“I am old. That is the first thing to tell you. The thing you are least likely to believe. If you saw me you would probably think I was about forty, but you would be very wrong.” So Tom Hazard, the narrator of Matt Haig’s exuberant new novel, How to Stop Time, tells us in the book’s opening lines.
In fact, Tom is 436 years old. The conceit of the novel is that Tom has a rare genetic disorder (anageria) that makes him age at so slow a rate that he appears to be ageless.
He was born in France on March 3, 1581, the son of a Huguenot nobleman who was killed by the Catholic insurgents. Tom (or Estienne Thomas Ambroise Christophe Hazard to give him his full birth name) and his mother flee to England and genteel poverty. When their English neighbours begin to notice Tom’s eternal youthfulness they do the only sensible thing for the times and drown his mother as a witch.
It isn’t until centuries later, in the Victorian era, that Tom learns that there are others like him and that there is a secret society set up to protect them from the modern form of witch-hunters — that is scientists who want to dissect people like Tom and discover the secret to human longevity.
“People like us die in only one of two ways,” Tom is told. “We either die in our sleep aged around nine hundred and fifty, or we die in an act of violence that destroys our heart or brain or causes a profound loss of blood. That is it. We have immunity from so much human pain.”
The long-lived call themselves Albatrosses (or “albs” for short) and the rest of us are Mayflies. The theoretically benevolent but paranoid-sounding Albatross Society helps albs by giving them a new identity every eight years (just when people start to notice their changeless appearance) and then geographically relocates them where no one will recognize them.
Hendrich, the creepy 900-and-something-year-old head of the society (he looks to be in his early eighties) has one rule: “Don’t fall in love.” Falling in love with a Mayfly can only cause trouble and heartbreak and make moving on hard.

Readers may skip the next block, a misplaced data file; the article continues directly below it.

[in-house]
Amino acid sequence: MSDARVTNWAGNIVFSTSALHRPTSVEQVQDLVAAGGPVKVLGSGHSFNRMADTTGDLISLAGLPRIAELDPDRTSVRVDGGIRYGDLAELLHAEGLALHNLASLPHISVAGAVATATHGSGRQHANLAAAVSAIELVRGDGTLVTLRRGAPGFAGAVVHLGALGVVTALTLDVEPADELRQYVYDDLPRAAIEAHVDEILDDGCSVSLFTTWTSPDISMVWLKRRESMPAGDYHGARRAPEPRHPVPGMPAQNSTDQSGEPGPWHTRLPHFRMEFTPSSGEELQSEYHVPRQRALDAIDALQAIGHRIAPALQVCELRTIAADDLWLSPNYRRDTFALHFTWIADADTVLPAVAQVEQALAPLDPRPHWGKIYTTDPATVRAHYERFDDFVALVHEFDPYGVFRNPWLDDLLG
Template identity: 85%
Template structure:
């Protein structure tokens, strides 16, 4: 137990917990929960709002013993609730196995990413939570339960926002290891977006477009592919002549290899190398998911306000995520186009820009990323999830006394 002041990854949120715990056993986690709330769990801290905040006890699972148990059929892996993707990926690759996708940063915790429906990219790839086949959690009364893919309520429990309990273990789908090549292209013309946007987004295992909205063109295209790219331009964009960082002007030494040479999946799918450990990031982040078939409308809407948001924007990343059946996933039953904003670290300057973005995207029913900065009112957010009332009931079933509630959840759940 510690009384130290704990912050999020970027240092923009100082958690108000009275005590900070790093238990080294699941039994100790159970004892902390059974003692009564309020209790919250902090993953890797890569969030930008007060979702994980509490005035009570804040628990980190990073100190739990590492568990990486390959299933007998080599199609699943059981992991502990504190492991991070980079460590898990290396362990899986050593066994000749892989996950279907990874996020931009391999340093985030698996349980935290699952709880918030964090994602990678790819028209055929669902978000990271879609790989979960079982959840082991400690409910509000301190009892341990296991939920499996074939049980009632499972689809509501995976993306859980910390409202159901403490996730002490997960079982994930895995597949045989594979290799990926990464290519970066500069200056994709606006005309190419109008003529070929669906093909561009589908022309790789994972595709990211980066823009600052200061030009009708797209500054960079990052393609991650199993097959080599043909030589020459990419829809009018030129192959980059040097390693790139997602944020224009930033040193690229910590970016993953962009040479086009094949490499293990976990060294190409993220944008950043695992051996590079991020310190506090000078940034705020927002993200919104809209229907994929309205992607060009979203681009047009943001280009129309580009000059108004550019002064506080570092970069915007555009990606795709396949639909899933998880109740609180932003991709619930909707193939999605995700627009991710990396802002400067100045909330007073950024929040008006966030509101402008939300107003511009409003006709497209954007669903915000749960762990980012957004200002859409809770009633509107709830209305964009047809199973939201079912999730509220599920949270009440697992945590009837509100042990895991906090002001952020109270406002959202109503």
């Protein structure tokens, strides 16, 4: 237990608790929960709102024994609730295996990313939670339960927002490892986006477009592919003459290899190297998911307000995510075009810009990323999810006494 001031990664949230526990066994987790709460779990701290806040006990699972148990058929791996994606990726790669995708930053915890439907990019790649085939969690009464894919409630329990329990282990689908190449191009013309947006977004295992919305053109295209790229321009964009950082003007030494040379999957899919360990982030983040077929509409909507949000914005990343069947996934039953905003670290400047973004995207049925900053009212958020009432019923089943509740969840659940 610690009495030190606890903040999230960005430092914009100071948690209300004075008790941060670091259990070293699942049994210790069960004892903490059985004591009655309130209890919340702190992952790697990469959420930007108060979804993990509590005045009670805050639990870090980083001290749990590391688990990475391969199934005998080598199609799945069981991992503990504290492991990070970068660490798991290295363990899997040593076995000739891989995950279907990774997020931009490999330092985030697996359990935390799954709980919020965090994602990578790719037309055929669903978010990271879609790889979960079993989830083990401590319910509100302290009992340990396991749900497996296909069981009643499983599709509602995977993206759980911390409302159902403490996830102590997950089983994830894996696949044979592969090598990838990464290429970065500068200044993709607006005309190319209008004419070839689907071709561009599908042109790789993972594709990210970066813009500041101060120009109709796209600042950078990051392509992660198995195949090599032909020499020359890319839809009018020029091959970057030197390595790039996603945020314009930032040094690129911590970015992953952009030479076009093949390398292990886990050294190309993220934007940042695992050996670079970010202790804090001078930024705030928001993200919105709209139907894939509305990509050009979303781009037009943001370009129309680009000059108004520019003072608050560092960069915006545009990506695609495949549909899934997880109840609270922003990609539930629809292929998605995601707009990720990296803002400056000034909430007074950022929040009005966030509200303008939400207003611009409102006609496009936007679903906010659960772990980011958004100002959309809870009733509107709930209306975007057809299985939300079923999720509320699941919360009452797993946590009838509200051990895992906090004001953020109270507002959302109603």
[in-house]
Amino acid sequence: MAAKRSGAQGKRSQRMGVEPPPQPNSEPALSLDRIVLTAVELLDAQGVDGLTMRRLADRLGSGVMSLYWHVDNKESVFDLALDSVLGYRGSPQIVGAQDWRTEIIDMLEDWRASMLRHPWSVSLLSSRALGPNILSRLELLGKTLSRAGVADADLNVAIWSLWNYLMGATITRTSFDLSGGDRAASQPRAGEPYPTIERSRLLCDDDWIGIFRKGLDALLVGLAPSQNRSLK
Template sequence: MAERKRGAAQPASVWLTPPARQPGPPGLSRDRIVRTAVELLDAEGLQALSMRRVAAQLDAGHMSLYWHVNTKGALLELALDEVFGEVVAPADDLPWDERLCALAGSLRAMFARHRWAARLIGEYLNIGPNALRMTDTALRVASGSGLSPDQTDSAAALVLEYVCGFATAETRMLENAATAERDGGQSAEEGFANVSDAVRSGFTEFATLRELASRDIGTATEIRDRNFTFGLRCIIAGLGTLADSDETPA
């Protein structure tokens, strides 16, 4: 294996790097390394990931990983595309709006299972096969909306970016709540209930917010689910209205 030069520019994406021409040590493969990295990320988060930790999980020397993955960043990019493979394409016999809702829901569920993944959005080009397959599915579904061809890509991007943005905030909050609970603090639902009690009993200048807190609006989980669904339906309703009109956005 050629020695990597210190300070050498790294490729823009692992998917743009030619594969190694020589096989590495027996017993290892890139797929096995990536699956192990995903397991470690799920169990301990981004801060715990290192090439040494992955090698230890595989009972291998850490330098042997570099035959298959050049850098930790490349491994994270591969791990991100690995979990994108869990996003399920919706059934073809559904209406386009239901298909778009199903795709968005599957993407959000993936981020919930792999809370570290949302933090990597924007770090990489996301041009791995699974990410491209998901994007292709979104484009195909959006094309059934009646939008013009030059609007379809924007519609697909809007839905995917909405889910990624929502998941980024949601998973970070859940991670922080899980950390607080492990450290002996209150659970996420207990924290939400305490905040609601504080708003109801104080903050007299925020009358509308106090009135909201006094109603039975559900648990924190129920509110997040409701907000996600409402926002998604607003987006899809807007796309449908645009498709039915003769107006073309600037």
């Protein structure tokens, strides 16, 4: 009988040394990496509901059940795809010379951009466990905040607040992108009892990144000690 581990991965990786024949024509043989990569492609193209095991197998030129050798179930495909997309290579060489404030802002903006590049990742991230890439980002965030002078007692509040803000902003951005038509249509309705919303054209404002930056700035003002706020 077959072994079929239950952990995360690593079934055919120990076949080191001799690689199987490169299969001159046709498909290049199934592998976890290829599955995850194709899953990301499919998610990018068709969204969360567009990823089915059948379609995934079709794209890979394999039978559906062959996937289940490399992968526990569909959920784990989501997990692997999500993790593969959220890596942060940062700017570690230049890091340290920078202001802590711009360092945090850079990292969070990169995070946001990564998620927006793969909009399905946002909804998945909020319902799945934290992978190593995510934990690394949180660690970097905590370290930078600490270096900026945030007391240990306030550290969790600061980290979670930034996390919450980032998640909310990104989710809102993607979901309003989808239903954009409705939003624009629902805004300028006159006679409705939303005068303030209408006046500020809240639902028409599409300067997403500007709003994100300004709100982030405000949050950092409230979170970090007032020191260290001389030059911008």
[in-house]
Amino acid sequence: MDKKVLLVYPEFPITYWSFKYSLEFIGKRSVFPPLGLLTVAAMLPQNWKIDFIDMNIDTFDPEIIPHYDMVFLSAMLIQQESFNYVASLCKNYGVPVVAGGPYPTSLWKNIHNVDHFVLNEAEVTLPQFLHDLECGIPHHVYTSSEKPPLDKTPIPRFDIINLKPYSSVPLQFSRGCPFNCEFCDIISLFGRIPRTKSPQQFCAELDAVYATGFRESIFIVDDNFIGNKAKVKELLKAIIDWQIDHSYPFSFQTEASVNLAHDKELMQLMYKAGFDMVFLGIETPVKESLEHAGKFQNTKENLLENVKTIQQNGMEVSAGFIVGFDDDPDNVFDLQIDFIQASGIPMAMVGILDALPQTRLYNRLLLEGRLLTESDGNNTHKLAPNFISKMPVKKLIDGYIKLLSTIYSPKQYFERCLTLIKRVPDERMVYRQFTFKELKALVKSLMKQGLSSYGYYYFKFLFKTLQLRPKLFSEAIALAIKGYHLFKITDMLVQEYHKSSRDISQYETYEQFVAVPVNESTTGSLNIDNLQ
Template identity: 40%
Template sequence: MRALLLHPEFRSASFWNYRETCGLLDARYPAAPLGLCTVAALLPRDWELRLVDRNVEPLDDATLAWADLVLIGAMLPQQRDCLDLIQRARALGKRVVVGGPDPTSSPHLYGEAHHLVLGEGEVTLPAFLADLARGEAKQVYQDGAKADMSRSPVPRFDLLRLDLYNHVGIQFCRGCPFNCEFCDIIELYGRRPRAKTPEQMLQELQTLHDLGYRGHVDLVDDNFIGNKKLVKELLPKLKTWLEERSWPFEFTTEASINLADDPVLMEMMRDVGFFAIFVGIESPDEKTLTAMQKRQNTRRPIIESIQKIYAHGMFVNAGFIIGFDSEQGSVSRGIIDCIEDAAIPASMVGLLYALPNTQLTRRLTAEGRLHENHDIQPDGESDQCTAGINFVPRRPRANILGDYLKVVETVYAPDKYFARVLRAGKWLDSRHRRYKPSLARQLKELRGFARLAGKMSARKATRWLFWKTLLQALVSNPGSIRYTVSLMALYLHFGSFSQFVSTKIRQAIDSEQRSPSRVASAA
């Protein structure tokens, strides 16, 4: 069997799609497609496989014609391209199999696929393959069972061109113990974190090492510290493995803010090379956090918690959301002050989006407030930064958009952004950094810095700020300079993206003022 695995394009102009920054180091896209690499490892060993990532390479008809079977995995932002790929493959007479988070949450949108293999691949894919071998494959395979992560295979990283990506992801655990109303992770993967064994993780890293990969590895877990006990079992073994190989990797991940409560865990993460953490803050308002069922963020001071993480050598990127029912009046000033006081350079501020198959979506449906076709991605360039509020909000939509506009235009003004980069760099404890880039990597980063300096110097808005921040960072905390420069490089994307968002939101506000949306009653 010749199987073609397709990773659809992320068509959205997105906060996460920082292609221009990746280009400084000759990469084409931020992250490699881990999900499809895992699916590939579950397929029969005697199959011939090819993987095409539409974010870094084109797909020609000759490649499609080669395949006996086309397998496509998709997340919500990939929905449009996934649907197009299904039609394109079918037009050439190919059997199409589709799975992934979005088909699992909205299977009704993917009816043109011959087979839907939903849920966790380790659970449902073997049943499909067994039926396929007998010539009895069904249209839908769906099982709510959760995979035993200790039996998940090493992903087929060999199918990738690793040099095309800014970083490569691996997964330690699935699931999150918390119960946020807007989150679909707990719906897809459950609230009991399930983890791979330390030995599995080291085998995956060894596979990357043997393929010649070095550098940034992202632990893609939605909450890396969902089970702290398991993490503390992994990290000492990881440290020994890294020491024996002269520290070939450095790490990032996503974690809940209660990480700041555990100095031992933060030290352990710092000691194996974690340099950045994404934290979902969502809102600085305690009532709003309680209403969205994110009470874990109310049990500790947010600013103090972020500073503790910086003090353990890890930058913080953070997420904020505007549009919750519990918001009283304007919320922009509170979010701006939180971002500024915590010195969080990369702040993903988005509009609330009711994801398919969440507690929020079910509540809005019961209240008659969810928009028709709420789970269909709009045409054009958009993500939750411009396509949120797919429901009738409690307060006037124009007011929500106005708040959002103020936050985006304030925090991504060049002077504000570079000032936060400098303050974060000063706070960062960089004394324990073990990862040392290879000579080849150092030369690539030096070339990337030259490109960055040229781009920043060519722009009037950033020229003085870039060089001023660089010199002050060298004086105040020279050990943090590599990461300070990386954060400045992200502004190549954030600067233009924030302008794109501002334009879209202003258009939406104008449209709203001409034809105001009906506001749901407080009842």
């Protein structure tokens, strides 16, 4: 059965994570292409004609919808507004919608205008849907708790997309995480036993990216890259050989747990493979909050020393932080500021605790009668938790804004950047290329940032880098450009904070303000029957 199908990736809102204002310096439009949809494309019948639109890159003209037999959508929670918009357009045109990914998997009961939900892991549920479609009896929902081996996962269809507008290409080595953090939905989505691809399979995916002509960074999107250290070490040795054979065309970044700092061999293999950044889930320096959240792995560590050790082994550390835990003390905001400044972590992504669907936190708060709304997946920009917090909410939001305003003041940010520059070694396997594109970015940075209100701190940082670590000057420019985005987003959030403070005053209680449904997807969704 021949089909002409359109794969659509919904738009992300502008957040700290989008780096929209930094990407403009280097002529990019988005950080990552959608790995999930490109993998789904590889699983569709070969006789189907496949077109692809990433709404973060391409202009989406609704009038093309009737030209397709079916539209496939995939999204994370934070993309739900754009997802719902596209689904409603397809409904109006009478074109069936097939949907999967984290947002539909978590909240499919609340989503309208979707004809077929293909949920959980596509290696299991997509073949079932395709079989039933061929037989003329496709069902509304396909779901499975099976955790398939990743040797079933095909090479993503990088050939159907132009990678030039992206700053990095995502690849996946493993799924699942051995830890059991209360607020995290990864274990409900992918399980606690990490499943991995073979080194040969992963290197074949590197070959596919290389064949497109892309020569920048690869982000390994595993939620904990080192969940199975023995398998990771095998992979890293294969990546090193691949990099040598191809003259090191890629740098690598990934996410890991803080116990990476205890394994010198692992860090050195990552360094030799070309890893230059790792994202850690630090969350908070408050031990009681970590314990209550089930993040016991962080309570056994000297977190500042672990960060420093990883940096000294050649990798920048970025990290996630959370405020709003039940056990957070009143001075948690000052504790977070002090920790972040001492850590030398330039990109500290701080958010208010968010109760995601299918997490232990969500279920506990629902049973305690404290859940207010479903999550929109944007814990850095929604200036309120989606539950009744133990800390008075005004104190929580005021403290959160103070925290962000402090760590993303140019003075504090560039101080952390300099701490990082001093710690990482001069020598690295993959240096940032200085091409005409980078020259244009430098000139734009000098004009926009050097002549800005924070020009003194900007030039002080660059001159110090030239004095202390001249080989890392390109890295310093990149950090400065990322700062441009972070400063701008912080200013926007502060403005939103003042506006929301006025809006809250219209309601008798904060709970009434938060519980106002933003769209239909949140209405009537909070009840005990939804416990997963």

Tom fell in love once, in Elizabethan England, and has a long lost (long lost as in five centuries) daughter, Marion, who is also an alb. Hendrich keeps Tom in line by dangling the hope of the society finding Marion and reuniting father and daughter.
The novel flashes backward and forward between Tom’s many past adventures and his present life in 2017, teaching history in a tough middle school in London’s East End, where he is dangerously close to falling in love with the school’s pretty French teacher.
The period pieces are fun to read but they are hampered by Haig wearing his research too heavily (they start to sound like Tom’s history lessons) and by his inability to capture the colloquial voices of the times. Tom gets to work for Shakespeare in London, sails the South Seas with Captain Cook and meets Scott and Zelda Fitzgerald in Paris, but they all sound like everyone’s next door neighbour.
The book is well crafted and nicely paced and has a worthwhile lesson about a life not being measured by its length but by its quality. Yet, at the same time the novel’s inner mechanics feel a bit lazy. The exact workings of the society and its vast reach are never really explained, they simply exist, and the hurried ending that ties up centuries worth of loose ends is full of gaping plot holes.
Still, the book is compulsively readable despite these flaws. There are many enjoyably funny scenes and many poignant moments. How to Stop Time, we are told in the Acknowledgements, is set to be made into a movie produced by and starring Benedict Cumberbatch, so maybe the novel will have more than a mere Mayfly’s life.
How to Stop Time by Matt Haig, Cannongate (UK) Viking (US) HarperCollins (Canada) 336pp.